5. People construct a social distance to perceive the similarity between themselves and others. This is here defined as the minimum distance that exist between nodes across all hierarchies, or $y_{ij}=min_h x^h_{ij}$. It is interesting to note that "social distance violates the triangle inequality ... because individuals i and j can be close in dimension $h_1$, and individuals j and k can be close in dimension $h_2$, yet i and k can be far apart in both dimensions. A simple example might be to use my dad as individual j, me as individual i, and one of my dad's work colleagues at Mt. Sinai as k. Although my dad and I are in the same family and he and his co-worker have the same occupation ($x_{ij}=x_{jk}=1$) the co-worker and I are quite socially distant.
6. Individuals are only aware of their immediate network across all hierarchies, so that if a person forwards a message to a single neighbor that person does not know how much closer, if at all, the neighbor is to the intended recipient.

With this model, "[i]ndividuals therefore have two kinds of partial information: social distance, which can be measured globally but which is not a true distance (and hence can yield misleading estimates); and network paths, which generate true distances but which are known only locally."

With this model setup, they show that a greedy algorithm (the same as the one Milgram suggests) can efficiently direct a message to a receipt in a short number of steps.

They do some analysis that is worth noting. First, they point out (apparently against the previous literature) that the average length of a message chain, defined as the metric $$ has to be short in an absolute sense. The message chain length cannot scale with population n because of at each point there is a failure/termination rate of 25% (i.e. one and four people get the letter and do not forward it at all). Secondly, through some simple math they show that with a termination rate of 25% and a success rate fixed at above 5% that the average message length chain, $$ must be less than 10.4 independent of population size. With this, they can create diagrams of the parameter space in H and $\alpha$ that meets that requirement. That is, they can create a graph of all the possible hierarchy number and homophily parameters that meet that requirement in $$, thus:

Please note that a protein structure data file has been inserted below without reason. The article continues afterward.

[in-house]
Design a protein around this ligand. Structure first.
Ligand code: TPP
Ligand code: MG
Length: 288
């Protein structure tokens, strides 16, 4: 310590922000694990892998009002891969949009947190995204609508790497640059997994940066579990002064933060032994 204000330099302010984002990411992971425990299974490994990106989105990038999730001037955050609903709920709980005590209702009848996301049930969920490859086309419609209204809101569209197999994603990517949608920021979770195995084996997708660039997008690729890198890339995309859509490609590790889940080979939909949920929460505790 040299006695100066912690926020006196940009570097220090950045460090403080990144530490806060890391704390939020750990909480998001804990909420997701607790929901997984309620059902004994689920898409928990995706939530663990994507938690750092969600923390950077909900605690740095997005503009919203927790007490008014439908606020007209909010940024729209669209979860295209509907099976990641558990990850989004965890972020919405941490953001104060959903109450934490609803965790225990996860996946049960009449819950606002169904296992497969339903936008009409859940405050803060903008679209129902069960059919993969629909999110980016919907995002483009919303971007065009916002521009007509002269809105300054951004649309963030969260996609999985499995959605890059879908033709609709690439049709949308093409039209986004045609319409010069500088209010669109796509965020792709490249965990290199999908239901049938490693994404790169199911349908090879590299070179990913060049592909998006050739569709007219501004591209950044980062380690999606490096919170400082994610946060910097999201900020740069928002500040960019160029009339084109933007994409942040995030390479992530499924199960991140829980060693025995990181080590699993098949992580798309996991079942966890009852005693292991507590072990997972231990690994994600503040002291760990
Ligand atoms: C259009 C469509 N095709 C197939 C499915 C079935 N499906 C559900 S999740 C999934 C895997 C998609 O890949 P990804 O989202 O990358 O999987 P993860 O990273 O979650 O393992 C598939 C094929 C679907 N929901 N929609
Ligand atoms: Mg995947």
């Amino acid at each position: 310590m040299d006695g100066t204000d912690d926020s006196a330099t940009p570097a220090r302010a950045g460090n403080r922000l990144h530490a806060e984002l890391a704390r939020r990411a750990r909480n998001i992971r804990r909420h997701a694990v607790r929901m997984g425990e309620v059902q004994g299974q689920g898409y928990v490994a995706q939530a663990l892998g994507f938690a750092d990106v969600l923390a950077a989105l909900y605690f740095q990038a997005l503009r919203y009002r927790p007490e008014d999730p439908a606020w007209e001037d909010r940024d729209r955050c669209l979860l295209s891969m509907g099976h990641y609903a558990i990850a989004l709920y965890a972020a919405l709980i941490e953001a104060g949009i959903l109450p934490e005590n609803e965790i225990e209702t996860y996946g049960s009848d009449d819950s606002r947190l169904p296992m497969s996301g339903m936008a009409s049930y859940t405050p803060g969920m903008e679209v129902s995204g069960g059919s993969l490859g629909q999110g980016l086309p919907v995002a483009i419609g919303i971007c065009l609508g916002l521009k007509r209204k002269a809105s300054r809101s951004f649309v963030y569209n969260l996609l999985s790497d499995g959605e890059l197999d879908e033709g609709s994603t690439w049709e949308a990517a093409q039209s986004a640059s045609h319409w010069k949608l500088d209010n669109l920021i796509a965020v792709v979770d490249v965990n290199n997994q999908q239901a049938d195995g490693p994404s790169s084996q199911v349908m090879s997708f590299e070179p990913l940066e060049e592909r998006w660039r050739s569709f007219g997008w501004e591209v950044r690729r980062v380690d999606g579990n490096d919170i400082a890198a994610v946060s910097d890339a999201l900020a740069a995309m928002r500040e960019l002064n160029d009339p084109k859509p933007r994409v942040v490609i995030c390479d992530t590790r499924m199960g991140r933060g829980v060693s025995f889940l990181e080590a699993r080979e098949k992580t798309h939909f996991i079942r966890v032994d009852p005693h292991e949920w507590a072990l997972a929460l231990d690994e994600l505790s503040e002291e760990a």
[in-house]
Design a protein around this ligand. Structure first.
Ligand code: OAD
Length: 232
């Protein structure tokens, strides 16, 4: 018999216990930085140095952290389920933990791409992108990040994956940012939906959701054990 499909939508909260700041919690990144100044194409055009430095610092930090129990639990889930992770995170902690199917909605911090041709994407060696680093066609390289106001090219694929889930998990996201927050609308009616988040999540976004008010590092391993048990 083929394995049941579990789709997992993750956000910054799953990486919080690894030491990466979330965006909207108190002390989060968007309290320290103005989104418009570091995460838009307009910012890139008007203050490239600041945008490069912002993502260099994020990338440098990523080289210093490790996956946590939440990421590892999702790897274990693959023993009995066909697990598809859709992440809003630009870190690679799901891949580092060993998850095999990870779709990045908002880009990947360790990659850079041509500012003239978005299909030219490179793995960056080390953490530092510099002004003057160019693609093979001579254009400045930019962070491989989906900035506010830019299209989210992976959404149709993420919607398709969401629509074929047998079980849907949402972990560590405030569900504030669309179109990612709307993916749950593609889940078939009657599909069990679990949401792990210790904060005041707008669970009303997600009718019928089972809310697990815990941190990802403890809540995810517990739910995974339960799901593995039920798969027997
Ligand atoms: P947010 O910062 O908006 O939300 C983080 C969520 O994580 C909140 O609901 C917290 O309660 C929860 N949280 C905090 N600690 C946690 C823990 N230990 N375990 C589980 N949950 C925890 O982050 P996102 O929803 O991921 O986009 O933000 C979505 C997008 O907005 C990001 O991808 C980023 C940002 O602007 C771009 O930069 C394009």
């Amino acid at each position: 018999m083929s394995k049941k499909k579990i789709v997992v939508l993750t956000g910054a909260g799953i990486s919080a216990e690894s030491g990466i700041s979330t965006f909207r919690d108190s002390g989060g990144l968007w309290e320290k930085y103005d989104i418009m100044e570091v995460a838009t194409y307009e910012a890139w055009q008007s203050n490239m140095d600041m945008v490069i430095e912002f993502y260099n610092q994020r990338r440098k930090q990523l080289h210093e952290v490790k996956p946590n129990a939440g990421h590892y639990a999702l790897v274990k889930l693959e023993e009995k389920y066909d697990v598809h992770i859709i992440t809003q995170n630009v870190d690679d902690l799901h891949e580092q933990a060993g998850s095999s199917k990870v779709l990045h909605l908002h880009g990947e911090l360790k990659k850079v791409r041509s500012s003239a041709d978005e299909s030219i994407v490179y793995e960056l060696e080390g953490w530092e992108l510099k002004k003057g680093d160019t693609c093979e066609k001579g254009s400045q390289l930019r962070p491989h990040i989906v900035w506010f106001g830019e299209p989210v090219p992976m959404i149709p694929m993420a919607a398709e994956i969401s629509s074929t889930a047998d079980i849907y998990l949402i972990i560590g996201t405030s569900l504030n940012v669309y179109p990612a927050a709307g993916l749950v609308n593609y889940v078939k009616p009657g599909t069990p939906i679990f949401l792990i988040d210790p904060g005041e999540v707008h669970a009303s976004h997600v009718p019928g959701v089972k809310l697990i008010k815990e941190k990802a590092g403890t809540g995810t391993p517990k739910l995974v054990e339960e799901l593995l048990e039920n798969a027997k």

Our main result is that searchable networks occupy a broad region of parameter space $(\alpha ,H)$ which [...] corresponds to choices of the model parameters that are the most sociologically plausible. Hence our model suggests that searchability is a generic property of real-world social networks.

### Faces, Places, Spaces

Humanities,Reading — Zac Townsend @ October 30, 2012 9:59 am

A great read on geography and ideas. Starts with a review of two new books on geography as a primal force in history, goes on the criticize that argument with counterexamples, and continues with a great distillation of the recent historiography around Eastern Europe and the Holocaust, and rounds itself out with a discussion of the U S of A.

Another version of space history is available these days, though. This might be called the cartographic turn, and is characterized by the argument that, while geography matters, it is visible only through the maps that we make of it. Where borders fall is as much a matter of how things are seenas how they really are. We can know the shape of the planet only through maps—maps in the ordinary glove-compartment sense, maps in a broader metaphoric one—and those maps are made by minds attuned to the relations of power. All nations are shaped by belligerence and slaughter.